List pvt hospitals for free or affordable Covid care: SC tells Centre
New Delhi The Supreme Court has tasked the Centre with identifying private hospitals across the country for treating patients of the coronavirus disease (Covid-19) either free or at a nominal cost.
The suggestion came on Wednesday from a bench headed by Chief Justice of India (CJI) SA Bobde that was hearing a public interest litigation on the excessive fees being charged by private hospitals to treat Covid-19 patients.
“When the nation is fighting a battle against the pandemic, all such private hospitals which are running on public land (allotted at concessional rates) or are running under the category of ‘charitable institutions’ should be called upon to provide the hospitalization and treatment to the Covid-19 patients pro bono publico (free of cost) or on no-profit basis,” said the petition filed by lawyer Sachin Jain.
The bench, also comprising justices AS Bopanna and Hrishikesh Roy, found merit in the submission and requested solicitor general Tushar Mehta, appearing for the Centre, to take instructions on the matter and respond within a week.
The bench told Mehta, “These hospitals have been given land either free of cost or at concessional rates. They should treat patients also for free.”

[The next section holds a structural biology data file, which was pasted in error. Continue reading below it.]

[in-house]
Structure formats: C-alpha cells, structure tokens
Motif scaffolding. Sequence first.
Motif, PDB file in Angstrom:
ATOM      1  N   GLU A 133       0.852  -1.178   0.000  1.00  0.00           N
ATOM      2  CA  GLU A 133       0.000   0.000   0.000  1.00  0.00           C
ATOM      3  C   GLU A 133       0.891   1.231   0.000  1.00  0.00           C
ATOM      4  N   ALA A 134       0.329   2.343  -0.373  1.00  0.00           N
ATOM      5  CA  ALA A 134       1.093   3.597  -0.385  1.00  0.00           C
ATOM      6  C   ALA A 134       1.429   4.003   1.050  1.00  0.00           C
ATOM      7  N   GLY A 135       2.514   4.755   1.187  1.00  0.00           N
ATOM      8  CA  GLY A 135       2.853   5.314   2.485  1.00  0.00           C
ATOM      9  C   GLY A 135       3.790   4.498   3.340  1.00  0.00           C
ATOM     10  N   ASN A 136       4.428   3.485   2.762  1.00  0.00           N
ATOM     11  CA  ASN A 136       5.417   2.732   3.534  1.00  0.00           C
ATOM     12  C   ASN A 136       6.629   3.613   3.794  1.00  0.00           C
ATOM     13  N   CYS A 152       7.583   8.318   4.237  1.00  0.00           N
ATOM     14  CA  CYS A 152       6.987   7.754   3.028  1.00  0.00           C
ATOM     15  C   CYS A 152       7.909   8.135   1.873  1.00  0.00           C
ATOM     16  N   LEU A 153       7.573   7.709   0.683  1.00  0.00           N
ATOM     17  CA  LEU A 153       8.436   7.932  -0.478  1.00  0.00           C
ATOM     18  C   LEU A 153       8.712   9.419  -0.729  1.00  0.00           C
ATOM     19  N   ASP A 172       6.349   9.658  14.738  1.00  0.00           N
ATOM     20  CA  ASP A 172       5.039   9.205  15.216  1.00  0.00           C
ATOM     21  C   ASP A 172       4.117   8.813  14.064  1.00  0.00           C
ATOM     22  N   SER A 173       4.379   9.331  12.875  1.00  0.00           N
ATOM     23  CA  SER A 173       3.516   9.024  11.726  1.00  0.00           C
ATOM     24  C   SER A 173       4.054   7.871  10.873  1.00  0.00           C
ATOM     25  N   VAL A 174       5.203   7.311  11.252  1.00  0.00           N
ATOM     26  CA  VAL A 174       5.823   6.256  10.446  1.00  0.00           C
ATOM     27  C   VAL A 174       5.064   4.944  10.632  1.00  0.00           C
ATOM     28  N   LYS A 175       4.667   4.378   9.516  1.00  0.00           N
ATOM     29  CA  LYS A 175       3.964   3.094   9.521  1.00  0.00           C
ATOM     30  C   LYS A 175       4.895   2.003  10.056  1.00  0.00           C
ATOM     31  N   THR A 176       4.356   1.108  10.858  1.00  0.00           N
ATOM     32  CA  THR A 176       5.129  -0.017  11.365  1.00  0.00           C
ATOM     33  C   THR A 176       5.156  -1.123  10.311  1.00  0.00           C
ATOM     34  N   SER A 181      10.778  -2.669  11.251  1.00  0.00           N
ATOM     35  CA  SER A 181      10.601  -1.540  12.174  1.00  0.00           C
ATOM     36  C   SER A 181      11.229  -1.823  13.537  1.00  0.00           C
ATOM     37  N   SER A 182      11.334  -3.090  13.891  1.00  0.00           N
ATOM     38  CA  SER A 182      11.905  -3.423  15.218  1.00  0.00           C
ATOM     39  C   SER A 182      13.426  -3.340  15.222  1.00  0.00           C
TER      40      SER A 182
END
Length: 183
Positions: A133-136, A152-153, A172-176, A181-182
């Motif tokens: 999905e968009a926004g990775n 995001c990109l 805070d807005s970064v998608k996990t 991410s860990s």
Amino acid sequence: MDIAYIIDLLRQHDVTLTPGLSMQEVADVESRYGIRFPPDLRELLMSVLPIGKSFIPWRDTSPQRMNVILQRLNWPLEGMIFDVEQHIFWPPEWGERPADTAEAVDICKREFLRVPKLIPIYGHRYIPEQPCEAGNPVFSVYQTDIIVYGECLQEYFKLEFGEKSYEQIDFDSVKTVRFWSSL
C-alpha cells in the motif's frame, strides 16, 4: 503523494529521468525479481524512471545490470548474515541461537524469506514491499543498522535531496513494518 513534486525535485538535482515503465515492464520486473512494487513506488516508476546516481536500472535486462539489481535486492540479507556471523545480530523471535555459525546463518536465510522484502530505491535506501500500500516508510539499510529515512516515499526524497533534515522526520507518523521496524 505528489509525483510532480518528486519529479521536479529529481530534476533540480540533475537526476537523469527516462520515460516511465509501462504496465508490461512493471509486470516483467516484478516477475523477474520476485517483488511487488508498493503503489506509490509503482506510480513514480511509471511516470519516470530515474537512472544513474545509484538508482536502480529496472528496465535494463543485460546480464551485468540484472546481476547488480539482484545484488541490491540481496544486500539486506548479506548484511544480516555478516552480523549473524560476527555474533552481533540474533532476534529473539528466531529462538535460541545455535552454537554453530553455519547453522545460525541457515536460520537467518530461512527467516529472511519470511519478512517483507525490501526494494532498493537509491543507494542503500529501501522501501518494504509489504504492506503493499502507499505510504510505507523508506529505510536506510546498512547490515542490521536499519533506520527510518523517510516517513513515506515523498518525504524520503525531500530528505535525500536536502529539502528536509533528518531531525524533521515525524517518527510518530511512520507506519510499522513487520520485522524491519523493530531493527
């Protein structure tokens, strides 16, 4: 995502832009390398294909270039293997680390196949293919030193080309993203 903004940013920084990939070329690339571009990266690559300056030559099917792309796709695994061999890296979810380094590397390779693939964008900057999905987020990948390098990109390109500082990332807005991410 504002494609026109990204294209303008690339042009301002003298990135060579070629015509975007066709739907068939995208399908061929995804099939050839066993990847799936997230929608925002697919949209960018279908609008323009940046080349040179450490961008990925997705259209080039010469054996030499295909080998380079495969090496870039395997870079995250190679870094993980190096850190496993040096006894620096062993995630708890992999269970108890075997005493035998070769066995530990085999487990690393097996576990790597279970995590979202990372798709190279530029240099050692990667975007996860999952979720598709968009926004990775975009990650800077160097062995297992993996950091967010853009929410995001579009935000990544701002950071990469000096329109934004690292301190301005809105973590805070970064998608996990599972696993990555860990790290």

Jain informed the court that a majority of the citizens cannot afford the high cost of treatment at private hospitals. Many are not covered by insurance schemes that can foot the bills.
Given the resource crunch of government-owned hospitals, he argued, “It becomes apparent that the government/public health sector alone may not be able to manage the fallout, and hence, extensive participation of the private healthcare sector would be required.”
At present, there is no cost regulation for treatment of Covid-19 patients in private hospitals, the petition filed by Sachin Jain stated. . The petition said hospital beds and basic treatment can be offered at a concessional prices; surgical operations or procedures can be kept out of the ambit of free or concessional treatment.
Mehta informed the apex court that a decision of this nature is a policy matter and must be left to the wisdom of the government. He agreed to take instructions on the matter from the government and respond to the concerns expressed by the court within a week.